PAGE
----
Wild Game: My Mother, Her Lover, and Me By Adrienne Brodeur
Reviewed by Cathi Hanauer
At the opening of Adrienne Brodeur’s fastpaced and evocative memoir, Wild Game: My Mother, Her Lover, and Me, Brodeur ’s stepfather’s lifelong friend, Ben Souther, bursts like a strapping Santa Claus into the beautiful Cape Cod beachfront home where her mother, Malabar, and her stepfather, Charles, await. Ben holds high a brown paper grocery bag, damp with what turns out to be blood; inside are the dozen squab he’s just slaughtered. “Let’s see what you can do with these, Malabar,” Ben booms, presenting the bag. His longtime wife, Lily—ten years older and a thousand times less demanding and alluring than Malabar—follows quietly behind him, bearing homegrown flowers and watercress; from her angle, she misses the long, appraising, ultimately impressed look her young friend fixes on her— Lily’s—husband.
In no time, Malabar, the “five-star general” of her huge, stunning kitchen, has whipped up a mouthwatering feast, which Ben proclaims “perfection.” Wine flows; the ocean swells in the background; animals alive just hours ago are devoured by ravenous humans; flirting and conversation wax and wane and wax again, everyone wrapped up in their own forms of pleasure. Brodeur, fourteen and tipsy from the wine she’s been served, heads off to the beach, where she experiences her first taste of sex; later, home again and drifting to sleep, she feels newly enlightened to the powers of her body. But in the middle of that night, her mother jars her awake. “Ben Souther just kissed me!” Malabar confesses, joy and excitement oozing off her. She tells her daughter he’s invited her to meet him in New York next week, then says, “I’m going to need your help, sweetie. I need to figure out how to do this.”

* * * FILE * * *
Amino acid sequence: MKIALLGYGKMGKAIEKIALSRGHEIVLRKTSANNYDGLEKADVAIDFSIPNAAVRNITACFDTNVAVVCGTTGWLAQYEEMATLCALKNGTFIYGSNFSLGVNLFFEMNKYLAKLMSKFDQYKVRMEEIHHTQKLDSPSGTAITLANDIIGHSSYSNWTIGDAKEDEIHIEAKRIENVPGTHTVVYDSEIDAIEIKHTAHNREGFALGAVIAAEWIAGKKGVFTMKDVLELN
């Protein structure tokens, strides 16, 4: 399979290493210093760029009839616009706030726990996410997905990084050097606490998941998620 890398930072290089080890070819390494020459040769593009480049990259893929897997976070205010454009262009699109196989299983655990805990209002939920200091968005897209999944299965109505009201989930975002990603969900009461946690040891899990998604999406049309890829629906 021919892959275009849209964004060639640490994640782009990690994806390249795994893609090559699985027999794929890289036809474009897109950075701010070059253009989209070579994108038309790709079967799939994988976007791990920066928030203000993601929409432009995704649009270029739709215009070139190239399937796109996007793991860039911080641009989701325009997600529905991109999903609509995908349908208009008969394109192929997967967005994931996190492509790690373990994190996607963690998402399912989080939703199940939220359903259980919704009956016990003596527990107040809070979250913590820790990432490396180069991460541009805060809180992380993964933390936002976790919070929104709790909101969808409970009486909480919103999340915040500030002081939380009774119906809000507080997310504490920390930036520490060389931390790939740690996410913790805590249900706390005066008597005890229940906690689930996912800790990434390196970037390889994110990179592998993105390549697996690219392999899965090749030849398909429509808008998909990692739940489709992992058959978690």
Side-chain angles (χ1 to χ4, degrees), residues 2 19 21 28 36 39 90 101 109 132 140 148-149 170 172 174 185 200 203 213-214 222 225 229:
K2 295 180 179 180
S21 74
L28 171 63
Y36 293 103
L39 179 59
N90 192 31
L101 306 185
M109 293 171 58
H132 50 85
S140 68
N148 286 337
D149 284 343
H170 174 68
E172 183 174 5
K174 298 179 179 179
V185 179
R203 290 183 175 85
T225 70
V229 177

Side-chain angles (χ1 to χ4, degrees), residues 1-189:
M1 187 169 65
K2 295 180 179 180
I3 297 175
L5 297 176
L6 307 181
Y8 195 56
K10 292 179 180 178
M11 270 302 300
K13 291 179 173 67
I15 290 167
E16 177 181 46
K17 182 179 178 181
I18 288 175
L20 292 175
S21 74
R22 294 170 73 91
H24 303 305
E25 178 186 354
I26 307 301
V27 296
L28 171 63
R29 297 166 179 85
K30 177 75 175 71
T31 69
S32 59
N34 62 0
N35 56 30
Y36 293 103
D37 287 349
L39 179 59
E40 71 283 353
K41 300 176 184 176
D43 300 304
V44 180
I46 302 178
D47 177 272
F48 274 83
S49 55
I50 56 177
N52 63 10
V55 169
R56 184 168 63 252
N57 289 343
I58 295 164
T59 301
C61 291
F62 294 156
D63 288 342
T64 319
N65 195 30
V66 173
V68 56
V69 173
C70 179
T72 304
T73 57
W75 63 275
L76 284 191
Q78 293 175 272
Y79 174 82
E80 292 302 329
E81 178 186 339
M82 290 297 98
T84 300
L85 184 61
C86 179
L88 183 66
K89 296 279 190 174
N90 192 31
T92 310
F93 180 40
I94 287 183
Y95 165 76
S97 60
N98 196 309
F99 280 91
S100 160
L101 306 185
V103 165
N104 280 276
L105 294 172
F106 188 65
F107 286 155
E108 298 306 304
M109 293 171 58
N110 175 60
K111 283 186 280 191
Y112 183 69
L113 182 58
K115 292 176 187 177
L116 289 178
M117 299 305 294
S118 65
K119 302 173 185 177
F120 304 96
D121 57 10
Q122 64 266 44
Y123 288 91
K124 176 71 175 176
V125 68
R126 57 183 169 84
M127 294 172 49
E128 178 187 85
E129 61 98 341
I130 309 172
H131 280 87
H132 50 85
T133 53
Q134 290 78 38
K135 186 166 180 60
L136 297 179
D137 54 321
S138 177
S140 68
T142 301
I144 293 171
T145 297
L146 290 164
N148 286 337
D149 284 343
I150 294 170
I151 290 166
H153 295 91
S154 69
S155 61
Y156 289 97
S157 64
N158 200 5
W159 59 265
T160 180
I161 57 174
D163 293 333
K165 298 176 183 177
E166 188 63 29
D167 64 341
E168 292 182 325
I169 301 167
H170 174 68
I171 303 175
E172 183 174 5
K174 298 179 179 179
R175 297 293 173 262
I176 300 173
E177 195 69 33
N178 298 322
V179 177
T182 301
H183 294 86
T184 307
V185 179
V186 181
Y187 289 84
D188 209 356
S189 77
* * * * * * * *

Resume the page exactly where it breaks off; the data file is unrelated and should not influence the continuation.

With those words, Malabar ensnares Brodeur, at the very time when mother and daughter should be separating, as a thrilled accomplice in her ongoing adultery and deception—a trap and situation that will have a profound impact on the author’s life. Describing the trajectory and roller coaster of her first few decades—years ruled by divorce, instability, and this secret she shared with her deeply narcissistic mother—Brodeur attempts to answer the central questions of love, family, and life: What do we owe our loved ones—parents, children, spouses, even siblings? Do our marital vows compel us to stay together until death do us part—or allow us to leave if the feelings are no longer there? Is love something that simply happens to us, or something we can, or should, try to control? Which is “right”: to be true to our partners, or true to ourselves? At what point are we responsible for our own moral failings, even if those failings are encouraged by our parents?